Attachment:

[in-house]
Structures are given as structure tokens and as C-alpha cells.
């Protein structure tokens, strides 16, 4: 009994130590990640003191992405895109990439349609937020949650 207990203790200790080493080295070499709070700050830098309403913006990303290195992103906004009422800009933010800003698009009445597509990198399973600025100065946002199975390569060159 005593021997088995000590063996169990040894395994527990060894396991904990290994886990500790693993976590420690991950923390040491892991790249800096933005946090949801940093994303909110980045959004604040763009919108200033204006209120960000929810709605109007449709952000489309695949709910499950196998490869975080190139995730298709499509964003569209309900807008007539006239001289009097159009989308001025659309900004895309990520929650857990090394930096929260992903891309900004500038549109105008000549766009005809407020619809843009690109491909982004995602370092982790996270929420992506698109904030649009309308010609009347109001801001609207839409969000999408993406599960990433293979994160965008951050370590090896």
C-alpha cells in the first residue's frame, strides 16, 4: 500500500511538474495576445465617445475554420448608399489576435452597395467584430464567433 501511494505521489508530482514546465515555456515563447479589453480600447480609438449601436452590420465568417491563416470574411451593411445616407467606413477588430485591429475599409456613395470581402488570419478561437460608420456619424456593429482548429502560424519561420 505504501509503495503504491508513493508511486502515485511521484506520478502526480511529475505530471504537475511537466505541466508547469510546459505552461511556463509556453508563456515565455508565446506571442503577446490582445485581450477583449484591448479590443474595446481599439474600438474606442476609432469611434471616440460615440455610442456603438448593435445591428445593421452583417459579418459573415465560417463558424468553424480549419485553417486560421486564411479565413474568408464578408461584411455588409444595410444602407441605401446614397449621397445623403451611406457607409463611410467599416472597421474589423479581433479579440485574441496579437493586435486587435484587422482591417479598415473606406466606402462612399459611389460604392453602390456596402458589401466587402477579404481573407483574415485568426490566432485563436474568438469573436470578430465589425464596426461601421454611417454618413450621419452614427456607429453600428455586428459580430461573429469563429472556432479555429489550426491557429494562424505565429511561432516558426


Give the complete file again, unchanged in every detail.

[in-house]
Structures are given as structure tokens and as C-alpha cells.
């Protein structure tokens, strides 16, 4: 009994130590990640003191992405895109990439349609937020949650 207990203790200790080493080295070499709070700050830098309403913006990303290195992103906004009422800009933010800003698009009445597509990198399973600025100065946002199975390569060159 005593021997088995000590063996169990040894395994527990060894396991904990290994886990500790693993976590420690991950923390040491892991790249800096933005946090949801940093994303909110980045959004604040763009919108200033204006209120960000929810709605109007449709952000489309695949709910499950196998490869975080190139995730298709499509964003569209309900807008007539006239001289009097159009989308001025659309900004895309990520929650857990090394930096929260992903891309900004500038549109105008000549766009005809407020619809843009690109491909982004995602370092982790996270929420992506698109904030649009309308010609009347109001801001609207839409969000999408993406599960990433293979994160965008951050370590090896």
C-alpha cells in the first residue's frame, strides 16, 4: 500500500511538474495576445465617445475554420448608399489576435452597395467584430464567433 501511494505521489508530482514546465515555456515563447479589453480600447480609438449601436452590420465568417491563416470574411451593411445616407467606413477588430485591429475599409456613395470581402488570419478561437460608420456619424456593429482548429502560424519561420 505504501509503495503504491508513493508511486502515485511521484506520478502526480511529475505530471504537475511537466505541466508547469510546459505552461511556463509556453508563456515565455508565446506571442503577446490582445485581450477583449484591448479590443474595446481599439474600438474606442476609432469611434471616440460615440455610442456603438448593435445591428445593421452583417459579418459573415465560417463558424468553424480549419485553417486560421486564411479565413474568408464578408461584411455588409444595410444602407441605401446614397449621397445623403451611406457607409463611410467599416472597421474589423479581433479579440485574441496579437493586435486587435484587422482591417479598415473606406466606402462612399459611389460604392453602390456596402458589401466587402477579404481573407483574415485568426490566432485563436474568438469573436470578430465589425464596426461601421454611417454618413450621419452614427456607429453600428455586428459580430461573429469563429472556432479555429489550426491557429494562424505565429511561432516558426